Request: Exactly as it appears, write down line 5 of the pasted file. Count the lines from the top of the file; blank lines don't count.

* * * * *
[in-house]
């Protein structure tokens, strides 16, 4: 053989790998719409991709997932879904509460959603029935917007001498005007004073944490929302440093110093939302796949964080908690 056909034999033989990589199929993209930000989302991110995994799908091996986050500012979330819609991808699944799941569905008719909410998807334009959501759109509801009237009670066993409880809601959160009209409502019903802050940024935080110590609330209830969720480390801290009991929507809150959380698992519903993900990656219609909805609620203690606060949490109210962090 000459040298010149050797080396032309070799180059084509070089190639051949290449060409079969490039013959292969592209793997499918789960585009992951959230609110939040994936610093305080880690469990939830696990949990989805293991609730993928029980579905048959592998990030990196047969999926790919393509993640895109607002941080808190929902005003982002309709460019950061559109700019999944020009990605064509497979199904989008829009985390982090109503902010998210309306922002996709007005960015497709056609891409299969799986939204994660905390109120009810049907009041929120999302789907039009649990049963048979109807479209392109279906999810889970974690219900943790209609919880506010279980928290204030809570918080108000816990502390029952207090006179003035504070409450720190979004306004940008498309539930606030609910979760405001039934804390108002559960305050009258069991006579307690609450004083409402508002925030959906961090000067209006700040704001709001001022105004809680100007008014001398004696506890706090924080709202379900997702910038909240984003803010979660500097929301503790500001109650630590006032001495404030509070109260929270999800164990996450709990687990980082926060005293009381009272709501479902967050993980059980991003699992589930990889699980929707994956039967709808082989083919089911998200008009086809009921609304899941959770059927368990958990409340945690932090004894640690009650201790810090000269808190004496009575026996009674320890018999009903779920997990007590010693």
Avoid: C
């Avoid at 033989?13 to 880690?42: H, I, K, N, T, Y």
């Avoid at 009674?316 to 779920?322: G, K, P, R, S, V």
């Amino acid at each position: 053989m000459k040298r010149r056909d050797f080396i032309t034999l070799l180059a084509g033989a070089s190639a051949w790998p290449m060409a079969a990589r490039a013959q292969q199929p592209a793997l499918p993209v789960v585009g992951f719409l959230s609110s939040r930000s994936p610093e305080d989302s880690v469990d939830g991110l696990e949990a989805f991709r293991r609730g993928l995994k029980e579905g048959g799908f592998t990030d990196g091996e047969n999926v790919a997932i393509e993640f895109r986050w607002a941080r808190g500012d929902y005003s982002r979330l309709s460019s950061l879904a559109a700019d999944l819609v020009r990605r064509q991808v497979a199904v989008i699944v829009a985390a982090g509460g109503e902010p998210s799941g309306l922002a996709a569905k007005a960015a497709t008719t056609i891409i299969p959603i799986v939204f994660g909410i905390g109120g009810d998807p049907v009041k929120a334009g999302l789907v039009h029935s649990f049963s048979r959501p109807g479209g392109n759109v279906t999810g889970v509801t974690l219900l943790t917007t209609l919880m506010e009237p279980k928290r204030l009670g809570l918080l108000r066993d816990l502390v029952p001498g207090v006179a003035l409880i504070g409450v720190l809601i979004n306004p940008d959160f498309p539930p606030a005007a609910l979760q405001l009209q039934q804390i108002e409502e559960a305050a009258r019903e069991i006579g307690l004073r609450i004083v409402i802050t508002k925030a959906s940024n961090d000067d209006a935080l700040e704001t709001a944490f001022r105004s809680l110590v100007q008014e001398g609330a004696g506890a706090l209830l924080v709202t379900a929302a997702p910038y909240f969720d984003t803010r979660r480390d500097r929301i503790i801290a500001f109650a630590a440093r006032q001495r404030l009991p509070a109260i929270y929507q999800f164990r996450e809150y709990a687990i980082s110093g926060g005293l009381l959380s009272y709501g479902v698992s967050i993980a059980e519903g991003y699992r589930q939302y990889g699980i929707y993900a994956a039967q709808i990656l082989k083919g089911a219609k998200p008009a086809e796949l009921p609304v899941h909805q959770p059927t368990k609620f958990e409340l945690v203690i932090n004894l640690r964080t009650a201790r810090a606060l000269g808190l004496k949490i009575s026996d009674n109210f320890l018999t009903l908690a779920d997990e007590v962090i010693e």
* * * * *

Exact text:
């Avoid at 009674?316 to 779920?322: G, K, P, R, S, V």